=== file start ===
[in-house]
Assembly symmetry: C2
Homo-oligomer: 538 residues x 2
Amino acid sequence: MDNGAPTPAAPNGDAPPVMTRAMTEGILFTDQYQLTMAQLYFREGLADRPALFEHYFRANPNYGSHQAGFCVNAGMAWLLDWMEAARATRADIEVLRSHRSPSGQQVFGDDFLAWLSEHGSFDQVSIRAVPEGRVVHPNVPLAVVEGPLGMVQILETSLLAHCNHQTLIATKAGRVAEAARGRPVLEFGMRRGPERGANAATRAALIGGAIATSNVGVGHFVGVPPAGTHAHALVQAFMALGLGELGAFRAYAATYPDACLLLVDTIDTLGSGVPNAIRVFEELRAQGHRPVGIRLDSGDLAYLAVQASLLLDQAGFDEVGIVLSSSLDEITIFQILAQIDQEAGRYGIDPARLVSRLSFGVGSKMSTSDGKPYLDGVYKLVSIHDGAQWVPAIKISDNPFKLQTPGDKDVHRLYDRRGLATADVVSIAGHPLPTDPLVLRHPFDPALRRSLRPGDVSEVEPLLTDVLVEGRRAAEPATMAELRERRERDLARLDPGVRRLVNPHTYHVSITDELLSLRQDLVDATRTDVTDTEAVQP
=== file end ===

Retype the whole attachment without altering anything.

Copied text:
[in-house]
Assembly symmetry: C2
Homo-oligomer: 538 residues x 2
Amino acid sequence: MDNGAPTPAAPNGDAPPVMTRAMTEGILFTDQYQLTMAQLYFREGLADRPALFEHYFRANPNYGSHQAGFCVNAGMAWLLDWMEAARATRADIEVLRSHRSPSGQQVFGDDFLAWLSEHGSFDQVSIRAVPEGRVVHPNVPLAVVEGPLGMVQILETSLLAHCNHQTLIATKAGRVAEAARGRPVLEFGMRRGPERGANAATRAALIGGAIATSNVGVGHFVGVPPAGTHAHALVQAFMALGLGELGAFRAYAATYPDACLLLVDTIDTLGSGVPNAIRVFEELRAQGHRPVGIRLDSGDLAYLAVQASLLLDQAGFDEVGIVLSSSLDEITIFQILAQIDQEAGRYGIDPARLVSRLSFGVGSKMSTSDGKPYLDGVYKLVSIHDGAQWVPAIKISDNPFKLQTPGDKDVHRLYDRRGLATADVVSIAGHPLPTDPLVLRHPFDPALRRSLRPGDVSEVEPLLTDVLVEGRRAAEPATMAELRERRERDLARLDPGVRRLVNPHTYHVSITDELLSLRQDLVDATRTDVTDTEAVQP